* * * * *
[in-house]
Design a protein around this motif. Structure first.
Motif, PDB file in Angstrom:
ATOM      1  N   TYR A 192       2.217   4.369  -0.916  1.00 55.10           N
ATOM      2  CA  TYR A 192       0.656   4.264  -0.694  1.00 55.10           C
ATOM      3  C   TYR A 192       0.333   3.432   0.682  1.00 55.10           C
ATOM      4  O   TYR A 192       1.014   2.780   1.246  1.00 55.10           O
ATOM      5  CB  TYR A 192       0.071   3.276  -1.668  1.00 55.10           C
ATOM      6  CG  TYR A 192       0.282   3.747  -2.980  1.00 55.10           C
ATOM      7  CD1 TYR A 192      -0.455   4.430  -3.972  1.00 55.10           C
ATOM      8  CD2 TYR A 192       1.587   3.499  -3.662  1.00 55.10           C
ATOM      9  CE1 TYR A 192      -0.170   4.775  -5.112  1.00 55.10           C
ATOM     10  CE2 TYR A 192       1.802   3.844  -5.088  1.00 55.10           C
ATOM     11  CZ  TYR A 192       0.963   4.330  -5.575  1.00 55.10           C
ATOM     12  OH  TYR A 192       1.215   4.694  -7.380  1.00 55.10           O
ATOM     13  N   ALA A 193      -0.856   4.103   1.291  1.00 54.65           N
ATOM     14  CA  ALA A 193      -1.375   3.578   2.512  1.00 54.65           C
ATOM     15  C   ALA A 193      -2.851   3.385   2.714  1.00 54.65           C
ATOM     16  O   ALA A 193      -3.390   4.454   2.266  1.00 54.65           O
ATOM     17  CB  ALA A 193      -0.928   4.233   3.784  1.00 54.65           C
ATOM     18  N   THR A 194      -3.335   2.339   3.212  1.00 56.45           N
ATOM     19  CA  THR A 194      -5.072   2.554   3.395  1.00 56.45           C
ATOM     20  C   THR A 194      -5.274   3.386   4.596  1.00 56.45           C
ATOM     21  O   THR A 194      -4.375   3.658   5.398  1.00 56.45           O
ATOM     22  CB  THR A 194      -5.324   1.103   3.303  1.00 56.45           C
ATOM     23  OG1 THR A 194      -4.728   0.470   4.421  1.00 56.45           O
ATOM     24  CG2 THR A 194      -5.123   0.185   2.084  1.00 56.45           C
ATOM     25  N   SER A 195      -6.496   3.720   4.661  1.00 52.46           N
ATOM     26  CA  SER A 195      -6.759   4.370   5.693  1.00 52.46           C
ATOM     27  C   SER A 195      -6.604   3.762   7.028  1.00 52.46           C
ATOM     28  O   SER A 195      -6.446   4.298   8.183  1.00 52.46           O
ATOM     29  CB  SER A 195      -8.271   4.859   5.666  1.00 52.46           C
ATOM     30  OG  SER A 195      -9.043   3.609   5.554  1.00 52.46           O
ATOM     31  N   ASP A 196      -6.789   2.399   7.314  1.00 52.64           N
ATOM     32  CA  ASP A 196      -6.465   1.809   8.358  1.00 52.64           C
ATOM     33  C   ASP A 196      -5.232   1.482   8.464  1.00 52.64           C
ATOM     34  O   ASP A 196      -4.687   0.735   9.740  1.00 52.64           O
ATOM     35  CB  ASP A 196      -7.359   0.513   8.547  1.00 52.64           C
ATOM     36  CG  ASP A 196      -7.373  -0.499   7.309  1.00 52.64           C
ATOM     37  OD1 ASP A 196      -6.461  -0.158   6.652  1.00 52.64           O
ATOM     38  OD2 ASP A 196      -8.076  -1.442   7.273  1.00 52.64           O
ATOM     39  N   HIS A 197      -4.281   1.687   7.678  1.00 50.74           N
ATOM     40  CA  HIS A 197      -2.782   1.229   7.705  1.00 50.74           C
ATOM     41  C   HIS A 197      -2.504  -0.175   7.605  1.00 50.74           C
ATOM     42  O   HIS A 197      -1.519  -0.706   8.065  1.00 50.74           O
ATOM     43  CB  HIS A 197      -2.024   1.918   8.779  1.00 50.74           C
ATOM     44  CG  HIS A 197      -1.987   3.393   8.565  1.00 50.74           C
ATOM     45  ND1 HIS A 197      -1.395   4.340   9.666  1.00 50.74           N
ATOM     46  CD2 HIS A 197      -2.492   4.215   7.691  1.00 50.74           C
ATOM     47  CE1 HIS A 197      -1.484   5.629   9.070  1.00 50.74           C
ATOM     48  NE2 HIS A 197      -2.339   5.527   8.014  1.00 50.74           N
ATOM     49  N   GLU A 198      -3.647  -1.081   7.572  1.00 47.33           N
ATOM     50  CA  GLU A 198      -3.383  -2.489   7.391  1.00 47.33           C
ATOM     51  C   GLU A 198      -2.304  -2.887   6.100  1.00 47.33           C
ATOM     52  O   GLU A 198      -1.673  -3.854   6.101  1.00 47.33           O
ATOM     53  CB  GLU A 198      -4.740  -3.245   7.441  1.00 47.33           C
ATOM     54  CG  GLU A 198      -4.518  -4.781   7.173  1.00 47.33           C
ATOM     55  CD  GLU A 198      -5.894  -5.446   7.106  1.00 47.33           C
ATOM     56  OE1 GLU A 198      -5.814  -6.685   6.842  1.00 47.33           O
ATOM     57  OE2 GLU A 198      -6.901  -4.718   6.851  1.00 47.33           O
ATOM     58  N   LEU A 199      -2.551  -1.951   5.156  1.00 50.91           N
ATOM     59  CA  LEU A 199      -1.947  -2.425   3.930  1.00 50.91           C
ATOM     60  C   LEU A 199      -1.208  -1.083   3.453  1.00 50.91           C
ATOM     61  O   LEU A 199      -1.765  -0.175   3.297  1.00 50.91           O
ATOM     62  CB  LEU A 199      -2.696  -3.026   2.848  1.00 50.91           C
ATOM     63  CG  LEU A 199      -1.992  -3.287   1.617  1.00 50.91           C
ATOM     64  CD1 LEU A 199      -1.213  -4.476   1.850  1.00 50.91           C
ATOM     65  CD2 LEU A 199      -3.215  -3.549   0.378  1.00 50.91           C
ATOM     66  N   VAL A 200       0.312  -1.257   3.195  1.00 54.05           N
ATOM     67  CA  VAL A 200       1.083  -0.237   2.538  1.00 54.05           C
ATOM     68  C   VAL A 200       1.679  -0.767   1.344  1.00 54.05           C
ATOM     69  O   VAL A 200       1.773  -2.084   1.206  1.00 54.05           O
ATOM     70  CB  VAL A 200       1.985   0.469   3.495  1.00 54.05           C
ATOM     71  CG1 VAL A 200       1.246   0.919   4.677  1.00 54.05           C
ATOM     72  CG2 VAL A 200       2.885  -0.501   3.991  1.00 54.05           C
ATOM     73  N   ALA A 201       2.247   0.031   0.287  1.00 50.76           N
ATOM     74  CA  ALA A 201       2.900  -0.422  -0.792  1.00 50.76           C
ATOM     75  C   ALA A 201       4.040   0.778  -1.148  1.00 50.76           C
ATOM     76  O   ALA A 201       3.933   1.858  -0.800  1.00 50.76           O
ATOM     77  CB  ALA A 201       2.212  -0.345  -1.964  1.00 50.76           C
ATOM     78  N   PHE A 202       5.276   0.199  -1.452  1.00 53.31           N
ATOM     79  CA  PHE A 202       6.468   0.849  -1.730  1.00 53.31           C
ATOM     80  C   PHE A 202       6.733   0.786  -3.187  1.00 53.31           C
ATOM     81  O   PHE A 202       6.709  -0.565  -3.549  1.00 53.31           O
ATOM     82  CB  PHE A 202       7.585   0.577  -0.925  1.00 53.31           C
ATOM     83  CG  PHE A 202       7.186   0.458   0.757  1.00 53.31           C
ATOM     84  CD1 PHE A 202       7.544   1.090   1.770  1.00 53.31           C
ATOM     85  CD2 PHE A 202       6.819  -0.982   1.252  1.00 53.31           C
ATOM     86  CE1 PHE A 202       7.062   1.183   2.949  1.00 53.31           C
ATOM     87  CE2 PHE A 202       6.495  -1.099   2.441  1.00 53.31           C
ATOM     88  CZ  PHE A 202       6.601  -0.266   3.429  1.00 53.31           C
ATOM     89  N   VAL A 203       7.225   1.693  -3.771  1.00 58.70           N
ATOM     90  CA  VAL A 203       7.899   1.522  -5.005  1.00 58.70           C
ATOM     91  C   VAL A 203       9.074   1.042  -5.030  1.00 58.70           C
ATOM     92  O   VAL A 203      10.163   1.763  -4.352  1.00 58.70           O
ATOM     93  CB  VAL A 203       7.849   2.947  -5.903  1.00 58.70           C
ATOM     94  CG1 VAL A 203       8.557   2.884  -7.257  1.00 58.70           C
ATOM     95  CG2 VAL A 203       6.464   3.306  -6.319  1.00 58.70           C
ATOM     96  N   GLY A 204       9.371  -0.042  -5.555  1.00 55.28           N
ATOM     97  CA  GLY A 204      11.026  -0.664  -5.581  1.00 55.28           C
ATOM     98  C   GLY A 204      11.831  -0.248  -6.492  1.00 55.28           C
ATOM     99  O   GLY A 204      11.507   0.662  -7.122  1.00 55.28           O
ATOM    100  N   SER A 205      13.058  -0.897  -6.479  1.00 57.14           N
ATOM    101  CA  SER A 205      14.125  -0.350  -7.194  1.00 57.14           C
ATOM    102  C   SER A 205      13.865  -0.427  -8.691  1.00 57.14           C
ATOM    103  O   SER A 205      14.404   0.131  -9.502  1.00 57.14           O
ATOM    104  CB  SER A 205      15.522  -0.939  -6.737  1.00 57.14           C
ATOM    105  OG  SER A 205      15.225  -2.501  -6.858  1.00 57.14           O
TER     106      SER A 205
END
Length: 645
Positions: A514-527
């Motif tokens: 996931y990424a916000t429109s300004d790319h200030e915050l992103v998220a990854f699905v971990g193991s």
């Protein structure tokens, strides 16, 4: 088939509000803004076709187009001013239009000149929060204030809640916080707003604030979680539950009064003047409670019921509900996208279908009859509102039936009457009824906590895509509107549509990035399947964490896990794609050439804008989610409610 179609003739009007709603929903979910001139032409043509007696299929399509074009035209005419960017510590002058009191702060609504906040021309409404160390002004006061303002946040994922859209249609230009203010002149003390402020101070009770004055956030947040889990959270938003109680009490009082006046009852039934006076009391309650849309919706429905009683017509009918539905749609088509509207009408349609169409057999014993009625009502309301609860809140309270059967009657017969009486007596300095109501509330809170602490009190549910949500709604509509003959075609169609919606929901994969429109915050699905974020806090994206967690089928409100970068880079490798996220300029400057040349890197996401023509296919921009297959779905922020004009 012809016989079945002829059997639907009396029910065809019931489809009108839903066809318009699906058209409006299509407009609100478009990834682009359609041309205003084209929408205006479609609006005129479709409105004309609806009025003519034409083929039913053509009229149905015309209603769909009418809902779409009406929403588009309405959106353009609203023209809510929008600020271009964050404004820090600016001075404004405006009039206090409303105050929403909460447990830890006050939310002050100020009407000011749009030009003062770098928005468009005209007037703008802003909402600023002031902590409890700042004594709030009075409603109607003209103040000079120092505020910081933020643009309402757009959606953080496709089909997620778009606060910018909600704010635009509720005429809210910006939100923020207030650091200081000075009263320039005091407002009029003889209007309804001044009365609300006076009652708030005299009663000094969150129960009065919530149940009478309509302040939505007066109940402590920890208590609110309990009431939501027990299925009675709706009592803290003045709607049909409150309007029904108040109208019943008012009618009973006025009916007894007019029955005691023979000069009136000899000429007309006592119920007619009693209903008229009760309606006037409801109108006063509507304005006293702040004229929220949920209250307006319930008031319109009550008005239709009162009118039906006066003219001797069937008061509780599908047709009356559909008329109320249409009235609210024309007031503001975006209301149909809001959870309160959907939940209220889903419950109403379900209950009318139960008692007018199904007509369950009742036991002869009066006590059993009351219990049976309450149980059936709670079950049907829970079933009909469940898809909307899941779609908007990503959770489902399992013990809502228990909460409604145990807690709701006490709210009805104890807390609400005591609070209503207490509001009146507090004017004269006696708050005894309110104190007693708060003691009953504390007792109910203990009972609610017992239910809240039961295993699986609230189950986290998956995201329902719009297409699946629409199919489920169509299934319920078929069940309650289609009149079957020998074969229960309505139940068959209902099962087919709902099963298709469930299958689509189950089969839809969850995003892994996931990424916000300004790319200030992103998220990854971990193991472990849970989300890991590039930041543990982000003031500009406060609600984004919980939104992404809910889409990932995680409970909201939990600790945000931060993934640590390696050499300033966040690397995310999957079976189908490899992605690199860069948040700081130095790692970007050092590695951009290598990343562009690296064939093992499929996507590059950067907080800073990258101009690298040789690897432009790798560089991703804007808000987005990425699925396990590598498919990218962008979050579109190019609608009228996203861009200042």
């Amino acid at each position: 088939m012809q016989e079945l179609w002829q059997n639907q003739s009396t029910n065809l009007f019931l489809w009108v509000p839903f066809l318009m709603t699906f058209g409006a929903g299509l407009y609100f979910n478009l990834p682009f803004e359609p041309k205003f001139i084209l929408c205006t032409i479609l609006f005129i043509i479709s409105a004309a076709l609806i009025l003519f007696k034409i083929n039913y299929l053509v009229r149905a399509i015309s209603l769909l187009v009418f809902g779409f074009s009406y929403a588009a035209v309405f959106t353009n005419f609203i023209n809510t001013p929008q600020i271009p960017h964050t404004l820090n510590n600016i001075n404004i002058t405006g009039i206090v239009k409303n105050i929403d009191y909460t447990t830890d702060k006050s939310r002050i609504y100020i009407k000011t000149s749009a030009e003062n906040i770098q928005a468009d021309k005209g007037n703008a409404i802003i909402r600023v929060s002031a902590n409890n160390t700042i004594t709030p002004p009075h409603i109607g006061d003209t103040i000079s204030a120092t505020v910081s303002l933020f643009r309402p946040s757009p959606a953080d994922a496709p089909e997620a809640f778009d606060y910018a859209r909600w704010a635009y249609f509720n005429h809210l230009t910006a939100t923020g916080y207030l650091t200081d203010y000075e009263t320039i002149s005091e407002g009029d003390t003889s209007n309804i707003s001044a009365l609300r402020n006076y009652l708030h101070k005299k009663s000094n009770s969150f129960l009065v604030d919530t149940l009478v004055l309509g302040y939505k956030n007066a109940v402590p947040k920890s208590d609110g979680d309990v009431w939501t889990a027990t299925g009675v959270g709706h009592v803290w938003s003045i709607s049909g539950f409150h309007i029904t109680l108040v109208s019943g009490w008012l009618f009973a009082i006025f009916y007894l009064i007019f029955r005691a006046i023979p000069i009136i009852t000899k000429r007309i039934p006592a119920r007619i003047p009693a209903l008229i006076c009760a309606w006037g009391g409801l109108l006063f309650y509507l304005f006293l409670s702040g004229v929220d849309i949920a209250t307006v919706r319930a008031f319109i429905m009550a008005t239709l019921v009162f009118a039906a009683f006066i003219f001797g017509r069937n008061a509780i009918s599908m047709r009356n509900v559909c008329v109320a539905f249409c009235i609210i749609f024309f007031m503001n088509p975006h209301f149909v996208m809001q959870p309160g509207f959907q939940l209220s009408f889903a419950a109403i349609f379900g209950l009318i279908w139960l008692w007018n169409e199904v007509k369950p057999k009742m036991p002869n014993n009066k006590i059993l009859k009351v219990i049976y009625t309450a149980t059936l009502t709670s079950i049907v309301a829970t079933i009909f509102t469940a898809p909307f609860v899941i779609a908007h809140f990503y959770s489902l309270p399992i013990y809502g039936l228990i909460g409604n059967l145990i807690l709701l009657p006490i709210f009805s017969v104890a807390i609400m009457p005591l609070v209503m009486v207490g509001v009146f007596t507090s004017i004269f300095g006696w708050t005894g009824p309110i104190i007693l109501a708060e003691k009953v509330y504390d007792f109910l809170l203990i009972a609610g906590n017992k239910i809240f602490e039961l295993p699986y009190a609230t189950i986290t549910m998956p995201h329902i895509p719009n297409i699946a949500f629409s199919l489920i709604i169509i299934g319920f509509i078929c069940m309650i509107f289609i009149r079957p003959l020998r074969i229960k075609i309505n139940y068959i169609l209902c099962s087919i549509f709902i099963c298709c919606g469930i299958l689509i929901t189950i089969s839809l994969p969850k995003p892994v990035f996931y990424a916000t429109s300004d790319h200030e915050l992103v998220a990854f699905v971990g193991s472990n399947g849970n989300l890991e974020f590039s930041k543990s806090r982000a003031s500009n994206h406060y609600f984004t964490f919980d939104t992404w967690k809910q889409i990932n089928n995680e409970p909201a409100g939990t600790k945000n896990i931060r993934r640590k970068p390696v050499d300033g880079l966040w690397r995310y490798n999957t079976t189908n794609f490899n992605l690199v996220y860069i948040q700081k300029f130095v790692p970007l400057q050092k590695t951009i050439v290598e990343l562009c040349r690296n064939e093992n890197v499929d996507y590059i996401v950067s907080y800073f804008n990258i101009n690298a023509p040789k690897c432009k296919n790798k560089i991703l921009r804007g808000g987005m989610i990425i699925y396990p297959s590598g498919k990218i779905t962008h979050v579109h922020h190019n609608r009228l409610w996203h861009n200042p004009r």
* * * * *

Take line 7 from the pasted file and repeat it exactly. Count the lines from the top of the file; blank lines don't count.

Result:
ATOM      4  O   TYR A 192       1.014   2.780   1.246  1.00 55.10           O